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How one company found the recipe to make millions in an ancient Middle Eastern food


Tony Lutfi first came across Freekeh in Jordan when he was dining with the Prince of Jordan.

Freekeh is an ancient Middle Eastern grain food that is created by harvesting the grains while they are still young. The grains are then parched, roasted and dried to create a delicious and nutritious food that can be used as a side dish or an ingredient.

You see, the young green grains are far better in taste and nutritional value than the same grains when they are in their mature state.

Lutfi loved the taste and upon doing some significant research, he discovered that Freekeh has health benefits pertaining to bowel health, diabetes, cancer and obesity.

He also found out that it was being imported into Australia from the Middle East.

The light bulb lit up above his head. “I thought it comical that Australia – one of the largest growers of wheat in the world is in fact importing Freekeh wheat from Jordan!”

Upon realising there was a domestic market for Freekeh, Lutfi decided to create a practical and cost efficient process to produce it from Australian grain for the global market.

This is when the hard word work really started.

Preparing an ancient food using 21st century technology

Freekeh has been produced in the Middle East for thousands of years now but the process hasn’t changed at all with the times. It is still manual and very labour intensive.

The result is a product which is not acceptable for sale in Western markets due to heavy contamination most especially with tiny stones, as well as microorganisms and chemicals.

The production of Freekeh seems very easy on the surface but it is actually rather difficult. Several companies in Jordan, even with support from the United States Agency for International Development (USAID), have unsuccessfully attempted to modernise it.

To make Freekeh, the grain has to be harvested at a stage when it is at peak taste and nutrition, then have the enzymes in the grain immobilised to capture and retain all the goodness in the grain which is lost when the grain matures.

Think of it like pressing the pause button on the grain’s youth.

There is a precise temperature at which this occurs and this is the crux of Lutfi’s technology.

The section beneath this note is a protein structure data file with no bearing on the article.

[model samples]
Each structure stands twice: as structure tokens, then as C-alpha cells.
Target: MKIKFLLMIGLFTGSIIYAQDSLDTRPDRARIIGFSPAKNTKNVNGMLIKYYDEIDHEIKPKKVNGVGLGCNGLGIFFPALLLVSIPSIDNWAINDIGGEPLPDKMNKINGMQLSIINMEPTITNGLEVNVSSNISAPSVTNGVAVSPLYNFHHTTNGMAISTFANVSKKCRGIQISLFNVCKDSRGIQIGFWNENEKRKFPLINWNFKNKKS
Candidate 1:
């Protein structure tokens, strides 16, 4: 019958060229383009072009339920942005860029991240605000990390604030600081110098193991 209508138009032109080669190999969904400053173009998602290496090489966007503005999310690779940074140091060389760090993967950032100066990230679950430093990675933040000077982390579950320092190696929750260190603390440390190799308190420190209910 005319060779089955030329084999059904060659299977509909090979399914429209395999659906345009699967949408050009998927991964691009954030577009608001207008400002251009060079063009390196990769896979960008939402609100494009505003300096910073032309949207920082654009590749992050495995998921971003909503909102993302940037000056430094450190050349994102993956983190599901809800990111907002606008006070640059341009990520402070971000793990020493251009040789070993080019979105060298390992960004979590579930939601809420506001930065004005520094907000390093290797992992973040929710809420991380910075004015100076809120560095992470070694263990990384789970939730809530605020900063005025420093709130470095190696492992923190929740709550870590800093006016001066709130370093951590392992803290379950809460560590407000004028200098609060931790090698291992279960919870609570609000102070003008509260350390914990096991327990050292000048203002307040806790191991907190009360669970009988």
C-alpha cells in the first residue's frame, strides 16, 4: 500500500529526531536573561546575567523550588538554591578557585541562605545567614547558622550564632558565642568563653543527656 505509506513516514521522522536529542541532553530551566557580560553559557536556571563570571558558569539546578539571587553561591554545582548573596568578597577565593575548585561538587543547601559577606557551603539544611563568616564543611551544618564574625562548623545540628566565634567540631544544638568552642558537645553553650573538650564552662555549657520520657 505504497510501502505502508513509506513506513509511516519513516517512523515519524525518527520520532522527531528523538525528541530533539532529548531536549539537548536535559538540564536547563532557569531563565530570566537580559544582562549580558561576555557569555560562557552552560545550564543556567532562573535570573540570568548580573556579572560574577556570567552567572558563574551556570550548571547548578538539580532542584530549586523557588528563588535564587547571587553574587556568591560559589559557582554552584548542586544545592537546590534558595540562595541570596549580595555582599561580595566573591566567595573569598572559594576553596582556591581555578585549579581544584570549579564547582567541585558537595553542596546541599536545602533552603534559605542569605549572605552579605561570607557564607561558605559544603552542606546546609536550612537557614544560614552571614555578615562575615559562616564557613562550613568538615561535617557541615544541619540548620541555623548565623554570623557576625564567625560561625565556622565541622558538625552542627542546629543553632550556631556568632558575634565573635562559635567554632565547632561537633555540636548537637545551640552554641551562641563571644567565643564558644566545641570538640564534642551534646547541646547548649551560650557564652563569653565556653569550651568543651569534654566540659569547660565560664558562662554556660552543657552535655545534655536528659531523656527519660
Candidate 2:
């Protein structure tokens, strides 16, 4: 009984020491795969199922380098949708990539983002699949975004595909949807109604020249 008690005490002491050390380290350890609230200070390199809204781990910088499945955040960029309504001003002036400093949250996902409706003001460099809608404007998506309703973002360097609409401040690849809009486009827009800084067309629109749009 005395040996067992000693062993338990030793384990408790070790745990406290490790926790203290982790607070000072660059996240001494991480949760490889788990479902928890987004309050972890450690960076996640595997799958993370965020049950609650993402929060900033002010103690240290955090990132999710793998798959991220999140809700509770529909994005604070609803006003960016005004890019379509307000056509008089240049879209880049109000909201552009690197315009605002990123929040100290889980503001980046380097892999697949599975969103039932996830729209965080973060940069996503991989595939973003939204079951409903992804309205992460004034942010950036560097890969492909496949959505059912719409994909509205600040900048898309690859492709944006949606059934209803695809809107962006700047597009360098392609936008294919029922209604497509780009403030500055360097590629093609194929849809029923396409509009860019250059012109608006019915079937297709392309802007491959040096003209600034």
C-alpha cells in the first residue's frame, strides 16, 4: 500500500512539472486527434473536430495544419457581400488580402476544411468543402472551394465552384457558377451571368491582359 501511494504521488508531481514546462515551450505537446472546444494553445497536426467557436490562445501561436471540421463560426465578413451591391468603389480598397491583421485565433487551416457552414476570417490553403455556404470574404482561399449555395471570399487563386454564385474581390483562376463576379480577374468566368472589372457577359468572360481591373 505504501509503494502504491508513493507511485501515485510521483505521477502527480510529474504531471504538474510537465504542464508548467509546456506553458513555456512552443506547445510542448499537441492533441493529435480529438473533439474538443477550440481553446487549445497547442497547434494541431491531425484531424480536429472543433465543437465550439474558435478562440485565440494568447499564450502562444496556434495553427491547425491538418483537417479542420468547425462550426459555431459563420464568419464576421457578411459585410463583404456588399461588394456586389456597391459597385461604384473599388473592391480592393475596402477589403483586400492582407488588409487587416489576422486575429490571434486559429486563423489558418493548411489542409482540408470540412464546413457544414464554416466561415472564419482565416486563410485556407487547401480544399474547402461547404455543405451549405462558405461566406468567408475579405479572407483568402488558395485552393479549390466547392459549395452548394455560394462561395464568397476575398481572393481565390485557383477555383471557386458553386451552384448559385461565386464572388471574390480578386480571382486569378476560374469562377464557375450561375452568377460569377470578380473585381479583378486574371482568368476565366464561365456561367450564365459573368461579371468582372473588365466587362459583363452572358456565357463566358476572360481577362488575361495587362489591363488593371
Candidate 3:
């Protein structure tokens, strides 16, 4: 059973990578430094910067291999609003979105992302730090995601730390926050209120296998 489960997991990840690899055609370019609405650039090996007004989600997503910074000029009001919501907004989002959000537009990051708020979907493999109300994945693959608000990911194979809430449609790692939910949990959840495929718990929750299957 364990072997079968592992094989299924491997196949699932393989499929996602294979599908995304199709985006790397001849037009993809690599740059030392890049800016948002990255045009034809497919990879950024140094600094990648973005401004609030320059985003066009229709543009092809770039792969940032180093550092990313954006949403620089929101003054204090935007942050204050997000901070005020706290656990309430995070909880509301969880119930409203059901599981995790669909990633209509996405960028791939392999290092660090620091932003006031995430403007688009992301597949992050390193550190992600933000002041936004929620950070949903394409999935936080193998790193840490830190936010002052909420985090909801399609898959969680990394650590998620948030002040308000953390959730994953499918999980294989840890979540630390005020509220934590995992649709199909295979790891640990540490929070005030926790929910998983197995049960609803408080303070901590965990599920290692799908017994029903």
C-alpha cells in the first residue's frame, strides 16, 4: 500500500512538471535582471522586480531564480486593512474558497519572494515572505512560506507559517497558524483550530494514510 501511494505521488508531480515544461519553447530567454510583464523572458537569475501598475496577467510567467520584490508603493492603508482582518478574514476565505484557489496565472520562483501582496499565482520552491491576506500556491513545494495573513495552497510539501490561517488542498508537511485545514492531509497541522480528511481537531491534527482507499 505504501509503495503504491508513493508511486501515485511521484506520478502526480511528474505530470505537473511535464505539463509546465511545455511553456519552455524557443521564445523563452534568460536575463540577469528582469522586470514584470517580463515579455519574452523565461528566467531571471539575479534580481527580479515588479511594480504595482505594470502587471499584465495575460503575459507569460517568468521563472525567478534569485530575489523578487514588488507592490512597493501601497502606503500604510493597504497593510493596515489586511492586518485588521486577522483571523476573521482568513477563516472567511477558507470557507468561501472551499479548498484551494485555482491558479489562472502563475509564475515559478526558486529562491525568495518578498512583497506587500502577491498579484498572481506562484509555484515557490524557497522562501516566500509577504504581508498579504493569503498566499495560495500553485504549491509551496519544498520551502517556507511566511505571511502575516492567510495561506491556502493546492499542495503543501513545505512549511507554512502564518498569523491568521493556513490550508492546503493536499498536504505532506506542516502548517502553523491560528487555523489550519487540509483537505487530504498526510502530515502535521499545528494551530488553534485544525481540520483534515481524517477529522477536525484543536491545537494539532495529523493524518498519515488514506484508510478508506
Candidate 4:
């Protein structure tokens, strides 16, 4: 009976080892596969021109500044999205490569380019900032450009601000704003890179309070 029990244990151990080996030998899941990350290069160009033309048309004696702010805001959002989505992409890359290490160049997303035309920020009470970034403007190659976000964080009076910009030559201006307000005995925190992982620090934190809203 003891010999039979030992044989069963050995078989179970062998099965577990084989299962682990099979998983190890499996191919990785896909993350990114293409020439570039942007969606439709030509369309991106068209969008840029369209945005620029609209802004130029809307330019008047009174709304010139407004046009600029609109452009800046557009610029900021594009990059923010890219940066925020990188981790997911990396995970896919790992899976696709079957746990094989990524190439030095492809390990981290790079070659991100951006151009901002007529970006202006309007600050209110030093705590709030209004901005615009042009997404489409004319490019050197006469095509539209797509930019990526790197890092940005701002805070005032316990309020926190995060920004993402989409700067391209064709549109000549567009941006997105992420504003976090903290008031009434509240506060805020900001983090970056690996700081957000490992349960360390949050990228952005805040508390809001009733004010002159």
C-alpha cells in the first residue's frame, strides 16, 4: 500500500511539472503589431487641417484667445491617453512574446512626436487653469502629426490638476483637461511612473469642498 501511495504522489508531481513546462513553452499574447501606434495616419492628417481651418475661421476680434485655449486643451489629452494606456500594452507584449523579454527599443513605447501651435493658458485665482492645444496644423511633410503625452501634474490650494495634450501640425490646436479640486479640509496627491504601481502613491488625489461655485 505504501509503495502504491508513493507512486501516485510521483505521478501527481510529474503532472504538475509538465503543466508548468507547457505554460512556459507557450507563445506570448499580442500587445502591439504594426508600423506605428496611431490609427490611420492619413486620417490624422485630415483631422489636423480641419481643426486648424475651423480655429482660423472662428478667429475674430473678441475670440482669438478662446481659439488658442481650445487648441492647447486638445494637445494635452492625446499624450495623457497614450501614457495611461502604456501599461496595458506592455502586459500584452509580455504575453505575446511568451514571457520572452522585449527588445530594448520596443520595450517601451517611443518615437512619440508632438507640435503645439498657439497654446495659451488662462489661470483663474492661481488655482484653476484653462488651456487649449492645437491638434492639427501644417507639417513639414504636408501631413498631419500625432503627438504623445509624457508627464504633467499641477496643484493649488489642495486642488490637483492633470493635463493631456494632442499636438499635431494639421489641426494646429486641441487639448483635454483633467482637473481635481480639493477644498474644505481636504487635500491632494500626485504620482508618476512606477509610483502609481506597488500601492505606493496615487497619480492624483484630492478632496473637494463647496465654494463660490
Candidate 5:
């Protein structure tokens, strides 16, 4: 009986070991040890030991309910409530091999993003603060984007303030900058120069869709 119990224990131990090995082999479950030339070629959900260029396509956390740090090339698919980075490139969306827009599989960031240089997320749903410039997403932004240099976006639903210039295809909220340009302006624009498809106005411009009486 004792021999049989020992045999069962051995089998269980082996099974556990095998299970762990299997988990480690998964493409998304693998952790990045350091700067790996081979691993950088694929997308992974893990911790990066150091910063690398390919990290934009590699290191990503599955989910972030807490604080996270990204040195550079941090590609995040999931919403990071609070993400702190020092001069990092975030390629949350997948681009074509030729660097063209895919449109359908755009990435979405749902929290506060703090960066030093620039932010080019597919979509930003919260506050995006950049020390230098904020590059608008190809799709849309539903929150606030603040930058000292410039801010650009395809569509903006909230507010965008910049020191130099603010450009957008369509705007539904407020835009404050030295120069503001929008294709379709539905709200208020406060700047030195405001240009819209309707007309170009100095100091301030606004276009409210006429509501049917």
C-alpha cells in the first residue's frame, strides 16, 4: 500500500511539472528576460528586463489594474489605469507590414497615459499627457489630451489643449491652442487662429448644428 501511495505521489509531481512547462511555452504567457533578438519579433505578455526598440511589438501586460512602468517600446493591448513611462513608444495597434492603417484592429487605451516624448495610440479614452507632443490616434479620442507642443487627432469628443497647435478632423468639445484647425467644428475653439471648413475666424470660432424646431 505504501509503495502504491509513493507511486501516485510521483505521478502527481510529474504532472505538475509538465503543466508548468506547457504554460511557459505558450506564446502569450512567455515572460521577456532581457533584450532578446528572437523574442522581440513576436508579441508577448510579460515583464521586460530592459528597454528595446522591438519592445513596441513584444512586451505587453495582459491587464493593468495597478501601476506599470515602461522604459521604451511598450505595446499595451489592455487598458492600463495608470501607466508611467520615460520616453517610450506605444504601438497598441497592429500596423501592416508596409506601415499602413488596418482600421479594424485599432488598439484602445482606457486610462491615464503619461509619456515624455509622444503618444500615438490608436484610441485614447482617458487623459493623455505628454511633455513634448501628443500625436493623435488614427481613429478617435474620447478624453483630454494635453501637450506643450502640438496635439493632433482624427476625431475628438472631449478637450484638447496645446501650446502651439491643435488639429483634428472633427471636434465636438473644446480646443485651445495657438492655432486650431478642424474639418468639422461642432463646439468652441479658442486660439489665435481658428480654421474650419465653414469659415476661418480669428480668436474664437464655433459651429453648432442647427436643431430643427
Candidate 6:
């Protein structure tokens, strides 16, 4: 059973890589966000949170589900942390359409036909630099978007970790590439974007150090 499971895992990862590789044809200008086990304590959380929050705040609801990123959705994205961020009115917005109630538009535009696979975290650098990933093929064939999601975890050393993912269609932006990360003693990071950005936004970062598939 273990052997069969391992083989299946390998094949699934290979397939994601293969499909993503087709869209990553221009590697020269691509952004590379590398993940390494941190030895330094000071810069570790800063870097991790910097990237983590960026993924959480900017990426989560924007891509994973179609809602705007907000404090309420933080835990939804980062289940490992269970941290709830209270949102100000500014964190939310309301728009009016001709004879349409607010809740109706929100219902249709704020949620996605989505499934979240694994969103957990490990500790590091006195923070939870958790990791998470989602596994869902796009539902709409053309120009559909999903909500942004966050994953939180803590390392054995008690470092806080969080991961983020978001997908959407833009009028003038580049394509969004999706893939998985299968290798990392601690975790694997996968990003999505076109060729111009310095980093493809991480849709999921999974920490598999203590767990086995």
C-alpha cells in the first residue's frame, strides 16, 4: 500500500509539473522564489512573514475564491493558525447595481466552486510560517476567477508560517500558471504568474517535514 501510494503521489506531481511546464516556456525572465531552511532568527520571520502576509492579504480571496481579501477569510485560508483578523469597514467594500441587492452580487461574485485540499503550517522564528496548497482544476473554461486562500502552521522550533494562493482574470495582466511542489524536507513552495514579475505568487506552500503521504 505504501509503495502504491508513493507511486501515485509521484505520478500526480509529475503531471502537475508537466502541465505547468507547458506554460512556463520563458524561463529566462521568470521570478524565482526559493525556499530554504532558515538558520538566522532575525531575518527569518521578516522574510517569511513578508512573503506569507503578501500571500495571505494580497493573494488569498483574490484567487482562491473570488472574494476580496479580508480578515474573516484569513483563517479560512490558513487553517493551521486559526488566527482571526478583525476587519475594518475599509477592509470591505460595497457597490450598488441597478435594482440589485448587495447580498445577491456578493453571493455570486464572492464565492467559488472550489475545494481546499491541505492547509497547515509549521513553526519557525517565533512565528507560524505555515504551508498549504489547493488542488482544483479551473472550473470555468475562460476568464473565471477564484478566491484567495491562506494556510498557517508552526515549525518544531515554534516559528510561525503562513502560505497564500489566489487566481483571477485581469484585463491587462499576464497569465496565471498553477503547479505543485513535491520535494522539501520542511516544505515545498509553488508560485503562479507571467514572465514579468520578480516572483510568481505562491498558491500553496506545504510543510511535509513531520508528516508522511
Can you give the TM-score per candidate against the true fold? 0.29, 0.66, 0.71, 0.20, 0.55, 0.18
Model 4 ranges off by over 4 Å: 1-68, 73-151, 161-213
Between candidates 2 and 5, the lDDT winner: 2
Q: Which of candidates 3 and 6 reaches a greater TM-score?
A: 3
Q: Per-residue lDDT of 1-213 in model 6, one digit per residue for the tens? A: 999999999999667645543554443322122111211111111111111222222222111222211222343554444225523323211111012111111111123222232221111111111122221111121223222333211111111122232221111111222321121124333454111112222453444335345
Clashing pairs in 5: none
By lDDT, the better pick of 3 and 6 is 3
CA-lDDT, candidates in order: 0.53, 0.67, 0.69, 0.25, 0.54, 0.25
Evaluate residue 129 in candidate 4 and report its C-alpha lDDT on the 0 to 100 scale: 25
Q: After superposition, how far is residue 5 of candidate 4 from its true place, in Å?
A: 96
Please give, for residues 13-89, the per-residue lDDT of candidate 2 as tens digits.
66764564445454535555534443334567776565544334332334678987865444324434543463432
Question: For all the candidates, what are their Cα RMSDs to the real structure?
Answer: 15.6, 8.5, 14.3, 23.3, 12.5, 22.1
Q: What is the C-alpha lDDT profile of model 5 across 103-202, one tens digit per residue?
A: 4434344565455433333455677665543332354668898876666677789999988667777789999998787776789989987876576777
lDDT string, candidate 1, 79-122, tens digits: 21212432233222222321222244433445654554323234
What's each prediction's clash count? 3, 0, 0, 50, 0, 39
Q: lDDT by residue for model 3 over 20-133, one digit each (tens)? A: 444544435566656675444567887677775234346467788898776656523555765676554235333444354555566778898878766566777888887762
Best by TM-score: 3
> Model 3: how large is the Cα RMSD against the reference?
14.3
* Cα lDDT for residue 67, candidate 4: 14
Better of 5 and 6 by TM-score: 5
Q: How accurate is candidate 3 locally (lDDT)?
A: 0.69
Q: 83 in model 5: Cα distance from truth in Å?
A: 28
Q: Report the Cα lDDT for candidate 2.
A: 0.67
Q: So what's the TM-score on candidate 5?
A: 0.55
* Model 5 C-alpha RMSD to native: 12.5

Together with his partner, John Tucker, Lutfi developed the first and only technology to manufacture the ancient Freekeh by modern automated means to the highest Western standards and the pair went ahead to start the company, Greenwheat Freekeh.

Plenty of hurdles before a million dollar finish line

“Ethnic perceptions nearly killed the business before it even started. The war in Iraq in 2003 killed our growing and successful market in the Middle East. The war in Georgia in 2008 killed our market in the Ukraine. The global financial crisis in 2010 severely impacted our exports to the USA,” Lutfi shared with Anthill.

Furthermore, Lutfi was incapacitated for 18 months after getting involved in a car accident where his vehicle was hit very hard from behind whilst stationary at a traffic light. The company hit rock bottom in 2010 when sales dropped down to $68,000 for the whole year.

However, on January 3, 2011, Lutfi woke up to 4,364 emails in his inbox. They were all sales inquiries from North America. Freekeh had been featured on Dr. Oz, a show that has 55 million viewers and is syndicated around the globe including in Australia.

“The company immediately turned around and today we are able to presell all of our production for export and get paid 30 per cent upfront even prior to making the product,” Lutfi revealed.

“In Australia, we have been growing at 220 per cent every six months. In USA, Greenwheat Freekeh pizza is growing very strongly and we are launching Freekeh noodles in Asia. We are also developing a range of Freekeh salads in Australia and working with several companies to use Freekeh as an ingredient in breakfast cereals and in a range of pasta products,” he added.

Keep in mind that all of this success has been achieved in a time of high forex rates and in countries which do not allow the import of Australian grains like the USA, Canada and Brazil, all at a price eight times or more that of the same grain sold mature. Not bad huh?